By: Dr. Melisa Holmes, OB-GYN, & Founder, Girlology
This is one of the most common questions I hear from new tampon users! So let me just start with the good news: NOPE! A tampon CANNOT get lost in your body. Even though your vagina connects your outside parts with the “inside” of your body, there’s basically a dead end at the top of the vagina - it’s called your cervix, and there’s no way a tampon can go past that. The cervix is a barrier between the vagina and the uterus. Nothing can get above the cervix unless it’s liquid or microscopic in size!
If you have a lost or stuck tampon, it’s not really stuck, it’s just high in your vagina and it may be squished sideways, making it hard to reach. This is most common if you accidentally forgot to take out a tampon before inserting a new one, or if you had sex without remembering to remove your tampon first (it’s not a good idea to have sex with a tampon in!). There are still some things you can try that make it easier to find and get out. Keep reading!
First, wash your hands, then squat down, put your finger in your vagina and sweep it around in a circle. You’ll probably be able to feel the tampon, but getting it out can still be difficult. If you can’t sweep it out, insert two fingers and try to grasp it. If you squat and bear down (like you’re pooping), it can help bring the tampon closer to the vaginal opening and make it easier to remove. If you still can’t get it out or you just don’t feel comfortable with that, remember that you should not wear a tampon more than 8 hours, so you’ll need to get help from your ob-gyn or family doctor as soon as possible.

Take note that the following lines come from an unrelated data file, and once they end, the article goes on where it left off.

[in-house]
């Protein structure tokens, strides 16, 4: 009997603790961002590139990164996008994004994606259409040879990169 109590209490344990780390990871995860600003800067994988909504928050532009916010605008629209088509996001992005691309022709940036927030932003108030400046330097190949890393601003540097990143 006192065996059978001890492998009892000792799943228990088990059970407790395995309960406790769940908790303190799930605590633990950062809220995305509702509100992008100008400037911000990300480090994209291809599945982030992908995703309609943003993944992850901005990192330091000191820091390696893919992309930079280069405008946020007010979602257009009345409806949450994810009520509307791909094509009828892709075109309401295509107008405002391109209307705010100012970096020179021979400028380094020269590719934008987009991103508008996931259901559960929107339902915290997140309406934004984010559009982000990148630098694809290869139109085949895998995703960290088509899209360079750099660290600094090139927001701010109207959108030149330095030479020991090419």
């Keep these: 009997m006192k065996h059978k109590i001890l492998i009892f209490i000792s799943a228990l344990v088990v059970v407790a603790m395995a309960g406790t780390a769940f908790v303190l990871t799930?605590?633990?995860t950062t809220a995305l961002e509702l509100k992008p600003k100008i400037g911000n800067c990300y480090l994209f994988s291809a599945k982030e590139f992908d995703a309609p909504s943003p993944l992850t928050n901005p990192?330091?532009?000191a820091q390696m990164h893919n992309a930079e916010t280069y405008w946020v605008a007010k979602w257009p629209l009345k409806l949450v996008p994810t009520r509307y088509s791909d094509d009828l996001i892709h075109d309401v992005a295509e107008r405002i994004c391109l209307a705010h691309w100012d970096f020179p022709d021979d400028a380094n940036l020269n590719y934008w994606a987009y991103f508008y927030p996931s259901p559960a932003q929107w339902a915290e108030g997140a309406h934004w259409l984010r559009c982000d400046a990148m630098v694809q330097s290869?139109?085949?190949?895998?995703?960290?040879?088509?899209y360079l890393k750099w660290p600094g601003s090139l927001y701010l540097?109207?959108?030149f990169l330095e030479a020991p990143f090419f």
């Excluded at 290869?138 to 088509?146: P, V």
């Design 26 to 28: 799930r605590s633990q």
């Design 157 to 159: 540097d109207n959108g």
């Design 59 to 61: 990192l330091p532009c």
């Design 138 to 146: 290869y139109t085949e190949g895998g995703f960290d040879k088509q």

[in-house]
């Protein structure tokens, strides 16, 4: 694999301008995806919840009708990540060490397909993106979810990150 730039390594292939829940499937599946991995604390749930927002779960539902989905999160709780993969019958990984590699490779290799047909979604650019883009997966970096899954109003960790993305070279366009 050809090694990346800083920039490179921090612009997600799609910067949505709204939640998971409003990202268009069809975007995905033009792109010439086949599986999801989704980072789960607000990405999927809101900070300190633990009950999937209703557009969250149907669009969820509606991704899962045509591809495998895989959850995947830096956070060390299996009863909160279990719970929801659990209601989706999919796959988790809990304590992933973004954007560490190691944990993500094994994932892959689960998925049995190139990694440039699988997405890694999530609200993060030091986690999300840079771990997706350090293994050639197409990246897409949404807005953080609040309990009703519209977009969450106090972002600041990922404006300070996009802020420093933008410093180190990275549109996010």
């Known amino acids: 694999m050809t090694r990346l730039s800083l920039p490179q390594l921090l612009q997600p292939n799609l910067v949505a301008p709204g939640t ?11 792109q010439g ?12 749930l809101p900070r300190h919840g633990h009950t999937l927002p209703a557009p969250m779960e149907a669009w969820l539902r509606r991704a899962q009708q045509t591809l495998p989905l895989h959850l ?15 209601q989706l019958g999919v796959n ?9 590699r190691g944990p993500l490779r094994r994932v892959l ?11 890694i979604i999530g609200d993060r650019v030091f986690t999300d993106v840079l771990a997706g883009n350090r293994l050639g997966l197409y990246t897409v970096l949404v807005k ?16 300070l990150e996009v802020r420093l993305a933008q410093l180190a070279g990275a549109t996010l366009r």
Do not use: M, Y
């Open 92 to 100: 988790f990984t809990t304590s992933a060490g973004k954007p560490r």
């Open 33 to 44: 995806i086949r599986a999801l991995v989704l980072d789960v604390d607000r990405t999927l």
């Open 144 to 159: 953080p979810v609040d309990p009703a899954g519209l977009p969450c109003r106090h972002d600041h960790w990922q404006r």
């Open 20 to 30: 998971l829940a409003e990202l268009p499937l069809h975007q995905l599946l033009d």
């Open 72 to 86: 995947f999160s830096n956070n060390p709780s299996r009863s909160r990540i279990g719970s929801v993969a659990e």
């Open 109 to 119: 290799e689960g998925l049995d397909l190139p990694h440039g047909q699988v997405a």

This is such a common worry, but as much as we worry about it, I have rarely if ever seen a string break when a tampon is being used normally. If you look closely at a Tampax tampon, you’ll see that the string is sewn all the way up the tampon. It’s not just attached at the end. That makes it super hard for it to pull off or break. You can feel confident that the string will not break if you’re using a tampon normally.
If your string is hidden, it’s also possible that you totally forget that there’s still a tampon somewhere up in there. Don’t let the thought of that make you panic. Mother Nature has her way of providing other reminders - like odors. A long lost tampon will begin to make itself known through a strong (horrible) odor that is clearly not normal. If that starts to happen, it’s time to dig around, find it and pull it out or get to your doctor for some help right away. Don’t be embarrassed. In the medical profession, we call it a retained tampon, and we all have been there and removed that - more than you would imagine!
That’s a more common scenario than a broken string. Sometimes, a tampon may seem “lost” because the string and the tampon get pushed higher into the vagina. When that happens, it’s simple to remove it, and you can probably do it yourself. To get it out, just wash your hands, squat down, put your finger in your vagina, and you’ll probably be able to feel it and pull it out. If you can’t feel it, can’t reach it, or just don’t feel comfortable with that, see your doctor as soon as you can. And don’t be embarrassed, we do things like that more than you’d imagine!
A lost tampon is not usually an emergency, but it should be taken care of as quickly as possible. If you feel fine, but suspect a lost tampon and can’t remove it yourself, call your OB-GYN doctor’s office first. Often they will see you right away or they’ll direct you to an urgent care center. You’ll want to get it removed as soon as possible. However, if you suspect a retained tampon and you develop any of the signs or symptoms of TSS, you should go directly to the nearest emergency room and let them know you may have a stuck tampon and you’re worried about TSS.